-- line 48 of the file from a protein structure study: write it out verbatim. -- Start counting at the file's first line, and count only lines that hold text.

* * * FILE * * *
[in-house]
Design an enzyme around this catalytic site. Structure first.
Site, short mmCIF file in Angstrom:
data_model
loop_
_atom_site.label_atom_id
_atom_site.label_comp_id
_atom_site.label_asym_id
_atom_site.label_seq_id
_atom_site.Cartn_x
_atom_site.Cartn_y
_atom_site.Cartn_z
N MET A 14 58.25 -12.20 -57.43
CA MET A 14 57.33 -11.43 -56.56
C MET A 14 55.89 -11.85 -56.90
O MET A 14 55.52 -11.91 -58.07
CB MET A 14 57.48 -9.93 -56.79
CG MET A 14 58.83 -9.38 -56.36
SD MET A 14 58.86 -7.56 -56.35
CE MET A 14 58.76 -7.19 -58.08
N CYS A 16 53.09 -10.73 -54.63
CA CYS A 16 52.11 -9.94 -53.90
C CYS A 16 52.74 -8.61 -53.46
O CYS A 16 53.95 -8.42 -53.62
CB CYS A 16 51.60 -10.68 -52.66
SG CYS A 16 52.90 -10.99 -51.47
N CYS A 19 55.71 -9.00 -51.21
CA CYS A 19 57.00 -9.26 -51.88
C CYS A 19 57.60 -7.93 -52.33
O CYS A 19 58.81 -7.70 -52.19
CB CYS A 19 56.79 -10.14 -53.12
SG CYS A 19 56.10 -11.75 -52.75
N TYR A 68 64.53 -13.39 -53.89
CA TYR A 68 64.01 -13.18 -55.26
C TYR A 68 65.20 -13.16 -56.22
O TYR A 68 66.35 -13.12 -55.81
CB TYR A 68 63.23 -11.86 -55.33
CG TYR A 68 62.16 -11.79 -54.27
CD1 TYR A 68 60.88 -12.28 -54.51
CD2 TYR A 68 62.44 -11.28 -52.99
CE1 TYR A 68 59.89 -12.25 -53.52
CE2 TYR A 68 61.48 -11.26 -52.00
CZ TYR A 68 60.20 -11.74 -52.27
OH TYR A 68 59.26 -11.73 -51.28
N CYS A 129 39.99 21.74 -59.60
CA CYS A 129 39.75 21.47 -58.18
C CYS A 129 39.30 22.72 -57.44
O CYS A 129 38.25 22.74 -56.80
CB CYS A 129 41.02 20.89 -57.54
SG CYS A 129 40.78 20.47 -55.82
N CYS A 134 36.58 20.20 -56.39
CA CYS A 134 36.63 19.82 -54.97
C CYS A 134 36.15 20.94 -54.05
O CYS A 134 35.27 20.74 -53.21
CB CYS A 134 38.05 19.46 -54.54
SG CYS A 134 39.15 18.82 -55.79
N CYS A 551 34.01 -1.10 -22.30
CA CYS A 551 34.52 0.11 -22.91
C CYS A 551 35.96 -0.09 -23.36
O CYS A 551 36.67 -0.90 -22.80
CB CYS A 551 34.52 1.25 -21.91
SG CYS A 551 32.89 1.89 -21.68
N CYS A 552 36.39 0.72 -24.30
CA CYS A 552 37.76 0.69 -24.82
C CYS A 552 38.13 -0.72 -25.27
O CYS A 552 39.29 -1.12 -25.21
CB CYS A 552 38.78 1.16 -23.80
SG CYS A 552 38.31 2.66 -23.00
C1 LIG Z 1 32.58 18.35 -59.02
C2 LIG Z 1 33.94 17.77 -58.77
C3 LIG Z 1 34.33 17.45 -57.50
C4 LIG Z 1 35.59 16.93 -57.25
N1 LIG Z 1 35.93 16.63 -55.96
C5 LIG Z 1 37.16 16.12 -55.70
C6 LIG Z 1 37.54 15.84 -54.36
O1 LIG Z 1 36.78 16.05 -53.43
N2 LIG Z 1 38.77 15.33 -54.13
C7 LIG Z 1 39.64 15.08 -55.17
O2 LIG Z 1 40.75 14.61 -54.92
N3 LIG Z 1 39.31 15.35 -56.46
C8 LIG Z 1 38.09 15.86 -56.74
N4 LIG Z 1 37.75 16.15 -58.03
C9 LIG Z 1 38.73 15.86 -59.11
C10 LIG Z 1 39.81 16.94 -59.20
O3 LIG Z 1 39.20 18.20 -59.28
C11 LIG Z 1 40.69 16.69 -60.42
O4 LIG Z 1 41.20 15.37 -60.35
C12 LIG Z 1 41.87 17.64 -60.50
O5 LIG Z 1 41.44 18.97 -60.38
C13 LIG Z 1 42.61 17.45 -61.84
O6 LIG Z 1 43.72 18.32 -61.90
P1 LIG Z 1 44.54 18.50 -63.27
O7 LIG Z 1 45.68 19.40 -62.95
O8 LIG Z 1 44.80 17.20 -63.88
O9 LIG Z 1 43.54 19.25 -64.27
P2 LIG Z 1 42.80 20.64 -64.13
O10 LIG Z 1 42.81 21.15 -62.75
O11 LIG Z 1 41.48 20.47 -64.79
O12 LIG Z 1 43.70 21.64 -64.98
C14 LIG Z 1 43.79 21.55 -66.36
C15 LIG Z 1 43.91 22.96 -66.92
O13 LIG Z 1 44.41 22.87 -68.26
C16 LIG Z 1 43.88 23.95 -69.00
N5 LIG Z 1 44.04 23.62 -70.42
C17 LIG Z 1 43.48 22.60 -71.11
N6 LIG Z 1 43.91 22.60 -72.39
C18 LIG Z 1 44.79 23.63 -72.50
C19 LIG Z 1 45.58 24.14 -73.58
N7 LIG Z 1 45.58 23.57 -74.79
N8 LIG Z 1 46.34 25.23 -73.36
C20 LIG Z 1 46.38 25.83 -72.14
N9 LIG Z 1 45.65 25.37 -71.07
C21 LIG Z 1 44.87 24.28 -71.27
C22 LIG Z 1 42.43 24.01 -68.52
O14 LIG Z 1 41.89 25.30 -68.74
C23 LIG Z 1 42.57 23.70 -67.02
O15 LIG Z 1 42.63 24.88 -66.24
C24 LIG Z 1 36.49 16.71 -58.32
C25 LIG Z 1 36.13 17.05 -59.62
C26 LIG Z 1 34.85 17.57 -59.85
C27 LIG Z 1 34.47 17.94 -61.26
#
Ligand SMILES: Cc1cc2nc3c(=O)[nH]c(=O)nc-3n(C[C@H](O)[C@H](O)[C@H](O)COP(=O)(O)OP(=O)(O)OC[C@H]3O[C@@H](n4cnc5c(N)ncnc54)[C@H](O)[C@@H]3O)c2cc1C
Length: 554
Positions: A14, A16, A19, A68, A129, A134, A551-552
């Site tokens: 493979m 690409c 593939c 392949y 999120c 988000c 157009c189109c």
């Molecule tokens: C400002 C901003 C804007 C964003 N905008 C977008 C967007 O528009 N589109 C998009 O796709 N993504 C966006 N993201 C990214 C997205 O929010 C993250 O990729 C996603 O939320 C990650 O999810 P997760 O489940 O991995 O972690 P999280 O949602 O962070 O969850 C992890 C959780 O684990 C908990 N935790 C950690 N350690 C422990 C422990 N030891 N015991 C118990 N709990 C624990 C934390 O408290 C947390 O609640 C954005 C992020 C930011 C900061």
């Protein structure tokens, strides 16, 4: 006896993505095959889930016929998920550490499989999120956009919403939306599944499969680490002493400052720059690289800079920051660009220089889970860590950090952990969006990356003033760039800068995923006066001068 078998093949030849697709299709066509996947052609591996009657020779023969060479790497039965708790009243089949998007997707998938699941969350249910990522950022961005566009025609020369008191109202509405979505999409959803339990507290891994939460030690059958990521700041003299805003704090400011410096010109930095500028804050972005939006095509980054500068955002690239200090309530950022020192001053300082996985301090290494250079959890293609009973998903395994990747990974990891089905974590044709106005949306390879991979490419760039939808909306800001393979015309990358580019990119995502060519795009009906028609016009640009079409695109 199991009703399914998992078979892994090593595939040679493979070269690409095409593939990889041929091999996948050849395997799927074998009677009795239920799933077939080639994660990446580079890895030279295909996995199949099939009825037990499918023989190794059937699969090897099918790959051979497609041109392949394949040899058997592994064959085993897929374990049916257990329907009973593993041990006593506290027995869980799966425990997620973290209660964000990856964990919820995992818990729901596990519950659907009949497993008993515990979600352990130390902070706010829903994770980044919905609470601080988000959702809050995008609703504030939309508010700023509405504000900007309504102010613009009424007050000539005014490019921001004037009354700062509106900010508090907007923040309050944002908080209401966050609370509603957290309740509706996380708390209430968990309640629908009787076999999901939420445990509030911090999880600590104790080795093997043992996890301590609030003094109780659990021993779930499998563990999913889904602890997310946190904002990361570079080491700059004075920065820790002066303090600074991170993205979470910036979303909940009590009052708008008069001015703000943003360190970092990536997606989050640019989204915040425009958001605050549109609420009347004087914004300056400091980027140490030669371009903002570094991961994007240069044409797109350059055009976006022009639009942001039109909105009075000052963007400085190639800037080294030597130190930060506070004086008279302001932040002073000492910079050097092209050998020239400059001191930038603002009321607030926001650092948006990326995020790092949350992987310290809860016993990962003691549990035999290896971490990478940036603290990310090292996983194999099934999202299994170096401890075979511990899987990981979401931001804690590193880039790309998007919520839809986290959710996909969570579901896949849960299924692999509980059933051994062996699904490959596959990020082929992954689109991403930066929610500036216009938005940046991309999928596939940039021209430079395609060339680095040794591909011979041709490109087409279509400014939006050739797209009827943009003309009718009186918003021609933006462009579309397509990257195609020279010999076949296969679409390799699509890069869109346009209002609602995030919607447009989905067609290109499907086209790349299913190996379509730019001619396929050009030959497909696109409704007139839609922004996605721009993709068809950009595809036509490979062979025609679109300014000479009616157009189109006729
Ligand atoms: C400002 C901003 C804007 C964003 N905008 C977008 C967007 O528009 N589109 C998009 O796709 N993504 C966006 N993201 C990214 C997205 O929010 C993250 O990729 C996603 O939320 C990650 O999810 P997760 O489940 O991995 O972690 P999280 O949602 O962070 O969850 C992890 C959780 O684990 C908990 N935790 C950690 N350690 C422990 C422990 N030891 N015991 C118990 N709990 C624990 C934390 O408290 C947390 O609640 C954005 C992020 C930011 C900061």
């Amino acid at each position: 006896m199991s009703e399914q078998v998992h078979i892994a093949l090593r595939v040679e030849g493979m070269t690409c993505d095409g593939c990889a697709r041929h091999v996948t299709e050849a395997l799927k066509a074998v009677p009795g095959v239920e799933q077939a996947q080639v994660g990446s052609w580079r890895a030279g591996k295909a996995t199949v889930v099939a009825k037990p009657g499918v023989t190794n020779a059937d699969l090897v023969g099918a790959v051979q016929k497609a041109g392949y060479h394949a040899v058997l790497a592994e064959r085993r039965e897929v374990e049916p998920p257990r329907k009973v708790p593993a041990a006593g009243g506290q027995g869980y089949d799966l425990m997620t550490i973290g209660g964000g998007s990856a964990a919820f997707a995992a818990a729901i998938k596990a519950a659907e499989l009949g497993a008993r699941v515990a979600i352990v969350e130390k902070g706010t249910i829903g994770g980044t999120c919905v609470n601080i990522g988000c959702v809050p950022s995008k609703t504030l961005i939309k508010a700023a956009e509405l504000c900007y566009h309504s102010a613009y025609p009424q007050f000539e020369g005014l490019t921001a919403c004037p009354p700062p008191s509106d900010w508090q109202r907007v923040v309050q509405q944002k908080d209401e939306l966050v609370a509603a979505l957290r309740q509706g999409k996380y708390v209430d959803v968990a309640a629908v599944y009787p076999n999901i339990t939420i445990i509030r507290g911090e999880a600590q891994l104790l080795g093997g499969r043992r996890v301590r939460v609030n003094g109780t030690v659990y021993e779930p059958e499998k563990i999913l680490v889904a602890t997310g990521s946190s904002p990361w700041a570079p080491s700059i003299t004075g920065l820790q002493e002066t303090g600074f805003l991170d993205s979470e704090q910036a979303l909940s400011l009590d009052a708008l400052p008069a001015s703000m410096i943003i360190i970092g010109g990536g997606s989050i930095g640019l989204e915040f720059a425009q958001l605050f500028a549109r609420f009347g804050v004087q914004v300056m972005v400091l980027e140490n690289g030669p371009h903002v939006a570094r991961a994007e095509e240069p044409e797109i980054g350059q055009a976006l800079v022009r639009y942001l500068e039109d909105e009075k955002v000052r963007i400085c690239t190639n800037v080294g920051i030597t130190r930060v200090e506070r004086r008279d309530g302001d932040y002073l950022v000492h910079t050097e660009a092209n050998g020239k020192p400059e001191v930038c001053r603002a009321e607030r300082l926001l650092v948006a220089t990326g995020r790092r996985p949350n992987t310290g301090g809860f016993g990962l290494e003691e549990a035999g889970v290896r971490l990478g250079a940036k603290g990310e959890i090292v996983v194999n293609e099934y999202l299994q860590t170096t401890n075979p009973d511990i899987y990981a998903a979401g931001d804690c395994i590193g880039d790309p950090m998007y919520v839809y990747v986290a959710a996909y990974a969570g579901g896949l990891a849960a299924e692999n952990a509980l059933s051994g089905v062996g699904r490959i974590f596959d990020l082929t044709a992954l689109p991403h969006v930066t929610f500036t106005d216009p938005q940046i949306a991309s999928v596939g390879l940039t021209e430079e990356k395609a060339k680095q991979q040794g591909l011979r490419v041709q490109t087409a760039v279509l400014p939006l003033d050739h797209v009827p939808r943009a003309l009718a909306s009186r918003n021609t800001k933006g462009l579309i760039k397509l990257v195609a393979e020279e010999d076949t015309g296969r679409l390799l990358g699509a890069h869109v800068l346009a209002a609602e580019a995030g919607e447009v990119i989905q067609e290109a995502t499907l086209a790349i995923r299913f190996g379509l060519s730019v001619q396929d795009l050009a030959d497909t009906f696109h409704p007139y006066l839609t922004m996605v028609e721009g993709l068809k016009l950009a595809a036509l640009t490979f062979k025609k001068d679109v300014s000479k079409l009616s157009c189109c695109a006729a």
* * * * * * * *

O CYS A 129 38.25 22.74 -56.80